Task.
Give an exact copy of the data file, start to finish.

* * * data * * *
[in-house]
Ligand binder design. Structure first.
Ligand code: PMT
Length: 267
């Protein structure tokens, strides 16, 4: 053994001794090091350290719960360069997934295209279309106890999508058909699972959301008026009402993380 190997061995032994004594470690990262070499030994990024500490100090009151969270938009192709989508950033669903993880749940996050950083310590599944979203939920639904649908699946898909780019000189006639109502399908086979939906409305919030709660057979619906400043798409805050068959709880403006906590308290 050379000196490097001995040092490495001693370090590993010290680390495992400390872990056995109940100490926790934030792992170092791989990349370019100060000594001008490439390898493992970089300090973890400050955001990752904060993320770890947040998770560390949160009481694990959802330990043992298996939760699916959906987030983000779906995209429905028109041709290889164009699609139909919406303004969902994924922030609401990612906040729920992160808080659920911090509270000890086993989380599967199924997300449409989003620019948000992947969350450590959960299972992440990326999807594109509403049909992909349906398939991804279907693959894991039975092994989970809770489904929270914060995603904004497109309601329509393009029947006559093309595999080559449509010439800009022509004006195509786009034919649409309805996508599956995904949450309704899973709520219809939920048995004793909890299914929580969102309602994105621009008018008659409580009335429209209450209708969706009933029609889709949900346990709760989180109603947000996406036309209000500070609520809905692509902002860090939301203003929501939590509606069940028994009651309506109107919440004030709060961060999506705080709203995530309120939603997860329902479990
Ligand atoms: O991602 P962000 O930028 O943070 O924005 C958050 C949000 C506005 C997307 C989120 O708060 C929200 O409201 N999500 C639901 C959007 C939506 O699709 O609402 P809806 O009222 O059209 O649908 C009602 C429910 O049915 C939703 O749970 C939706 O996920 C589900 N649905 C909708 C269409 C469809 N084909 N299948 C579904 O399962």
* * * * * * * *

[in-house]
Ligand binder design. Structure first.
Ligand code: PMT
Length: 267
């Protein structure tokens, strides 16, 4: 053994001794090091350290719960360069997934295209279309106890999508058909699972959301008026009402993380 190997061995032994004594470690990262070499030994990024500490100090009151969270938009192709989508950033669903993880749940996050950083310590599944979203939920639904649908699946898909780019000189006639109502399908086979939906409305919030709660057979619906400043798409805050068959709880403006906590308290 050379000196490097001995040092490495001693370090590993010290680390495992400390872990056995109940100490926790934030792992170092791989990349370019100060000594001008490439390898493992970089300090973890400050955001990752904060993320770890947040998770560390949160009481694990959802330990043992298996939760699916959906987030983000779906995209429905028109041709290889164009699609139909919406303004969902994924922030609401990612906040729920992160808080659920911090509270000890086993989380599967199924997300449409989003620019948000992947969350450590959960299972992440990326999807594109509403049909992909349906398939991804279907693959894991039975092994989970809770489904929270914060995603904004497109309601329509393009029947006559093309595999080559449509010439800009022509004006195509786009034919649409309805996508599956995904949450309704899973709520219809939920048995004793909890299914929580969102309602994105621009008018008659409580009335429209209450209708969706009933029609889709949900346990709760989180109603947000996406036309209000500070609520809905692509902002860090939301203003929501939590509606069940028994009651309506109107919440004030709060961060999506705080709203995530309120939603997860329902479990
Ligand atoms: O991602 P962000 O930028 O943070 O924005 C958050 C949000 C506005 C997307 C989120 O708060 C929200 O409201 N999500 C639901 C959007 C939506 O699709 O609402 P809806 O009222 O059209 O649908 C009602 C429910 O049915 C939703 O749970 C939706 O996920 C589900 N649905 C909708 C269409 C469809 N084909 N299948 C579904 O399962």